Other students are using their strengths and talents to help in less expected ways. For example, Shelbee Rassler scored an arrangement of Burt Bacharach and Hal David’s What the World Needs Now Is Love. To play it, Ms. Rassler created a virtual orchestra of 75 classmates and friends. She says she orchestrated this performance to send out a message of hope during these desperate times.9
Similarly, the Rotterdam Philharmonic Orchestra, through the miracle of teleconferencing, managed to perform part of the fourth movement of Beethoven’s Ninth Symphony, which is sometimes referred to as “Ode to Joy.” The 19 musicians, all performing from home with AirPods or earbuds in their ears to keep the beat, came together because they wanted to do something for the rest of us. As an introduction to their recording, the musicians wrote:
We’re adjusting to a new reality, and we’ll have to find solutions in order to support each other. Creative forces help us. Let’s think outside the box and use innovation to keep our connection and make it work, together. Because if we do it together, we’ll succeed.10
This is a great message for all of us. Most healthcare workers are accustomed to working in teams. When I see a patient in my clinic, I am one of three or four people that patient might see, from the security guard at the front desk when the patient arrives to the patient services coordinator who ensures the patient gets the tests and appointments they need. Now, we are all learning how to work together while we are physically apart. But we are still a team.
Why We Do It
All of these groups remind us that healthcare workers do not have a monopoly on commitment to service. Like you, I have been inundated by messages from panicked patients requesting information on how COVID-19 might affect their health. Because virtually all of my patients are immunosuppressed, their panic is completely understandable, especially given the almost uninterpretable surfeit of information that is publicly available. I tell all of my patients the same thing: You probably are at increased risk, but we haven’t seen a flood of patients with rheumatic disease hospitalized with COVID-19. Many of my patients heard this and asked me to provide them with a letter to excuse them from work. One of my patients, a lieutenant in the Baltimore Police Department, thanked me for the information and said it made him feel more comfortable with the prospect of being redeployed to the streets.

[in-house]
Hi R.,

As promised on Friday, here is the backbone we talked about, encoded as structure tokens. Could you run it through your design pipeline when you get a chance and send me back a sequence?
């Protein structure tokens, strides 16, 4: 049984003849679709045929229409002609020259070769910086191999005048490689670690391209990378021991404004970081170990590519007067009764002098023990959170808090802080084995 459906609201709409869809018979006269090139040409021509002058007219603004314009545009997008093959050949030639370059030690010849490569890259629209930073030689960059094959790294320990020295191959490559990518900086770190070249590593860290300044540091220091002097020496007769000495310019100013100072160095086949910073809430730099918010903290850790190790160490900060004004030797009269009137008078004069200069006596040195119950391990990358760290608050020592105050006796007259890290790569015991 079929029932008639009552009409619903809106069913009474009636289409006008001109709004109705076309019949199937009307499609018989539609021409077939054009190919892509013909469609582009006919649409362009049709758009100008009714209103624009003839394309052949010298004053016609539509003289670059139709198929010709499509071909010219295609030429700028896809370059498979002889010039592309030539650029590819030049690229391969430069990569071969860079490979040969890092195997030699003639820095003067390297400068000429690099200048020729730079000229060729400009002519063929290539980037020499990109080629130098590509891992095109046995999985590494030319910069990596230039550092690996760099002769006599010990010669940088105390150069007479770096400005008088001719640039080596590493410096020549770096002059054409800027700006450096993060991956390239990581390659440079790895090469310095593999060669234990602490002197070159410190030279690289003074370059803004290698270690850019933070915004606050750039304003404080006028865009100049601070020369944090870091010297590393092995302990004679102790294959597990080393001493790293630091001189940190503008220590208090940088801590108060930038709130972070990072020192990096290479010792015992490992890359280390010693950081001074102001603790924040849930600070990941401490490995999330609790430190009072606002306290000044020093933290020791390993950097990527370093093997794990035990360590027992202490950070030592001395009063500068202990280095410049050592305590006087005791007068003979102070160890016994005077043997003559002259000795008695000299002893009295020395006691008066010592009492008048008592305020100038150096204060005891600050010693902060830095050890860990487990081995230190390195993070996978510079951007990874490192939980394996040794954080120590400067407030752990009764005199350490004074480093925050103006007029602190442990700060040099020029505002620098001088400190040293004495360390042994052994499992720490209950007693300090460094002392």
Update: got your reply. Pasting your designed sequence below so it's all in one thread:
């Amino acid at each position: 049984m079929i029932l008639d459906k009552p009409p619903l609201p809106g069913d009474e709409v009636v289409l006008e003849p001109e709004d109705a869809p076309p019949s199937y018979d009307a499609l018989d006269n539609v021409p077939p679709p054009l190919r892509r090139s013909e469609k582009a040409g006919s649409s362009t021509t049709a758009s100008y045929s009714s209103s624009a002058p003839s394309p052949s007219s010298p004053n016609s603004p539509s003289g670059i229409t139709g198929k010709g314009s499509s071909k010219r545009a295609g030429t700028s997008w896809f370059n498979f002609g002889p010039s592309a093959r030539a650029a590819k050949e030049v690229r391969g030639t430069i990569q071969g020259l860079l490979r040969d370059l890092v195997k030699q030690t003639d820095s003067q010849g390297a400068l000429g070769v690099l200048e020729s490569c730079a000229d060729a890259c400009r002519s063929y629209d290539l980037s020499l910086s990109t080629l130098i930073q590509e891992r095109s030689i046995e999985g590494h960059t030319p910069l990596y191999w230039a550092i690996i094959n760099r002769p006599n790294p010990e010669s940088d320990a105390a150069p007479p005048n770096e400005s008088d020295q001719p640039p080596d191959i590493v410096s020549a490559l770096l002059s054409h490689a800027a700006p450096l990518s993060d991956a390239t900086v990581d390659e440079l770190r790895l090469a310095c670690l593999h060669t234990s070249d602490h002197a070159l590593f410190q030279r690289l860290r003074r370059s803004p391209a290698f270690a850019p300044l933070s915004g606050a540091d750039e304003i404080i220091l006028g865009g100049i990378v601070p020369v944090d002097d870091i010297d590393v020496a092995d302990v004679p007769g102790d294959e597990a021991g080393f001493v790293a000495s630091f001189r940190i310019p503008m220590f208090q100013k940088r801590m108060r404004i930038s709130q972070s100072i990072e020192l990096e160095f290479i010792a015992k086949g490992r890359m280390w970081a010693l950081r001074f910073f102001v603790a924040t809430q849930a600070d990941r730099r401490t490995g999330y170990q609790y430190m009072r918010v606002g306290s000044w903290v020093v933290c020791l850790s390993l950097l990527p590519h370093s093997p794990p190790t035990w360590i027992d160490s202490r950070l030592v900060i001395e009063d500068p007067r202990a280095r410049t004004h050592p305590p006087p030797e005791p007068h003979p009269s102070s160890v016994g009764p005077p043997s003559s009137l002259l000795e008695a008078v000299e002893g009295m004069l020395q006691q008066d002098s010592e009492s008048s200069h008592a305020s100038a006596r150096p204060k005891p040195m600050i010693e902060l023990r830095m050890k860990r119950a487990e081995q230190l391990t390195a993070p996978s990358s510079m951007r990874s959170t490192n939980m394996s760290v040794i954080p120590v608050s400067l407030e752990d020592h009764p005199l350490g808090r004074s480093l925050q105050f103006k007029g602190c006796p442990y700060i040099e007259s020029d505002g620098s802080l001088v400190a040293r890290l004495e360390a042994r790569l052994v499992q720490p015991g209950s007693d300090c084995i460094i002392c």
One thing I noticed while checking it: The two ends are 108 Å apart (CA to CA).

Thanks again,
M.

When we think of service, we should think not only of first responders, but also of the clerks who restock the grocery shelves almost as fast as they are emptied, and the men and women who continue to bring the packages I order online to my home, day after day. In states under complete lockdown, where residents are instructed to leave their homes only for essential services, we are left with a much clearer understanding of who really keeps our nation running. I just hope we remember this lesson when the smoke clears.
I also hope we use this as a reminder of why we became healthcare providers to begin with. Many of us are being asked to return to the wards, often decades after we left internal medicine behind. Some of us have been asked to care for routine patients and free better trained (or at least, more recently trained) physicians to care for more complex patients; others will provide direct patient care for patients infected by COVID-19. This prospect is, frankly, frightening. But I know that this is the sort of work we were born to do.
Tatiana Prowell, MD, an oncologist at the Sidney Kimmel Cancer Center at Johns Hopkins, put it this way: “Doctors, remember when we all got accepted to med school because we were creative problem-solvers determined to bend the arc of human disease (and not just close EHR encounters)? This is our moment. It’s go time.”11
One final reminder: Allison Swendsen, a nurse in the emergency department of Morristown Medical Center, New Jersey, heard a knock at the window. When she looked up, she saw a man holding a sign over his head with his left hand, his right hand over his heart and tears streaming down his face. The sign read: “Thank you all in emergency for saving my wife’s life. I love you all.” His wife was being discharged from the hospital, after having been admitted for management of COVID-19, and he wanted everyone to know how grateful he was for the care she had received.
The nurse posted the photograph on Instagram, with a caption that read: “I don’t know him. I don’t know his wife, but throughout the last 13 years as a nurse, I realized, this is why we do it—times are tough, but we make a difference.”12
Stay safe. Be strong.
Philip Seo, MD, MHS, is an associate professor of medicine at the Johns Hopkins University School of Medicine, Baltimore. He is director of both the Johns Hopkins Vasculitis Center and the Johns Hopkins Rheumatology Fellowship Program.